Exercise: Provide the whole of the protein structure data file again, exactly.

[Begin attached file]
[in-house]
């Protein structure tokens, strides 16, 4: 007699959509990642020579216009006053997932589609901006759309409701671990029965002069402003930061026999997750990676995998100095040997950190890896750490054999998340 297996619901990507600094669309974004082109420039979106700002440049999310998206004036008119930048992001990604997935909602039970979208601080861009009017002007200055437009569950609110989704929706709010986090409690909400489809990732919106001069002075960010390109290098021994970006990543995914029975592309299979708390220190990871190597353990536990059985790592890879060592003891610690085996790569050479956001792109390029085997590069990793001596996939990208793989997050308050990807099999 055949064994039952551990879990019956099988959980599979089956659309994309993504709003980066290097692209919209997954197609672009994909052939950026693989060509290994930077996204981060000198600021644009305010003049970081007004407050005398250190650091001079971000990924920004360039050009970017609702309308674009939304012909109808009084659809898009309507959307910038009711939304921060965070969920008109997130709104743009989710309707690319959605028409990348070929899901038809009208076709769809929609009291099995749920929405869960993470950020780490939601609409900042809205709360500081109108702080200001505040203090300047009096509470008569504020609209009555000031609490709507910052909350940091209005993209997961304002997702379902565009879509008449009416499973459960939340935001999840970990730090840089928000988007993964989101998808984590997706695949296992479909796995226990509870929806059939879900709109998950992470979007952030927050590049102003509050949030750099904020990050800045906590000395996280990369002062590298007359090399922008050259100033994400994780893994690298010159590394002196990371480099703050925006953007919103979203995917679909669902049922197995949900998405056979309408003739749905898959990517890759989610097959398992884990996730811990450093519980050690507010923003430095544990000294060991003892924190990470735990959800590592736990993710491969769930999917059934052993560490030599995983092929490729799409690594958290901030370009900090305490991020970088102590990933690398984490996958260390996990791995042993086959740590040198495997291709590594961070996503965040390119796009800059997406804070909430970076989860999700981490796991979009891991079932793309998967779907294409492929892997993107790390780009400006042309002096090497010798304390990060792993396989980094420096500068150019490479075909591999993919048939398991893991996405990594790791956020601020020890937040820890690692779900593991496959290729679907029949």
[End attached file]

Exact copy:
[in-house]
């Protein structure tokens, strides 16, 4: 007699959509990642020579216009006053997932589609901006759309409701671990029965002069402003930061026999997750990676995998100095040997950190890896750490054999998340 297996619901990507600094669309974004082109420039979106700002440049999310998206004036008119930048992001990604997935909602039970979208601080861009009017002007200055437009569950609110989704929706709010986090409690909400489809990732919106001069002075960010390109290098021994970006990543995914029975592309299979708390220190990871190597353990536990059985790592890879060592003891610690085996790569050479956001792109390029085997590069990793001596996939990208793989997050308050990807099999 055949064994039952551990879990019956099988959980599979089956659309994309993504709003980066290097692209919209997954197609672009994909052939950026693989060509290994930077996204981060000198600021644009305010003049970081007004407050005398250190650091001079971000990924920004360039050009970017609702309308674009939304012909109808009084659809898009309507959307910038009711939304921060965070969920008109997130709104743009989710309707690319959605028409990348070929899901038809009208076709769809929609009291099995749920929405869960993470950020780490939601609409900042809205709360500081109108702080200001505040203090300047009096509470008569504020609209009555000031609490709507910052909350940091209005993209997961304002997702379902565009879509008449009416499973459960939340935001999840970990730090840089928000988007993964989101998808984590997706695949296992479909796995226990509870929806059939879900709109998950992470979007952030927050590049102003509050949030750099904020990050800045906590000395996280990369002062590298007359090399922008050259100033994400994780893994690298010159590394002196990371480099703050925006953007919103979203995917679909669902049922197995949900998405056979309408003739749905898959990517890759989610097959398992884990996730811990450093519980050690507010923003430095544990000294060991003892924190990470735990959800590592736990993710491969769930999917059934052993560490030599995983092929490729799409690594958290901030370009900090305490991020970088102590990933690398984490996958260390996990791995042993086959740590040198495997291709590594961070996503965040390119796009800059997406804070909430970076989860999700981490796991979009891991079932793309998967779907294409492929892997993107790390780009400006042309002096090497010798304390990060792993396989980094420096500068150019490479075909591999993919048939398991893991996405990594790791956020601020020890937040820890690692779900593991496959290729679907029949």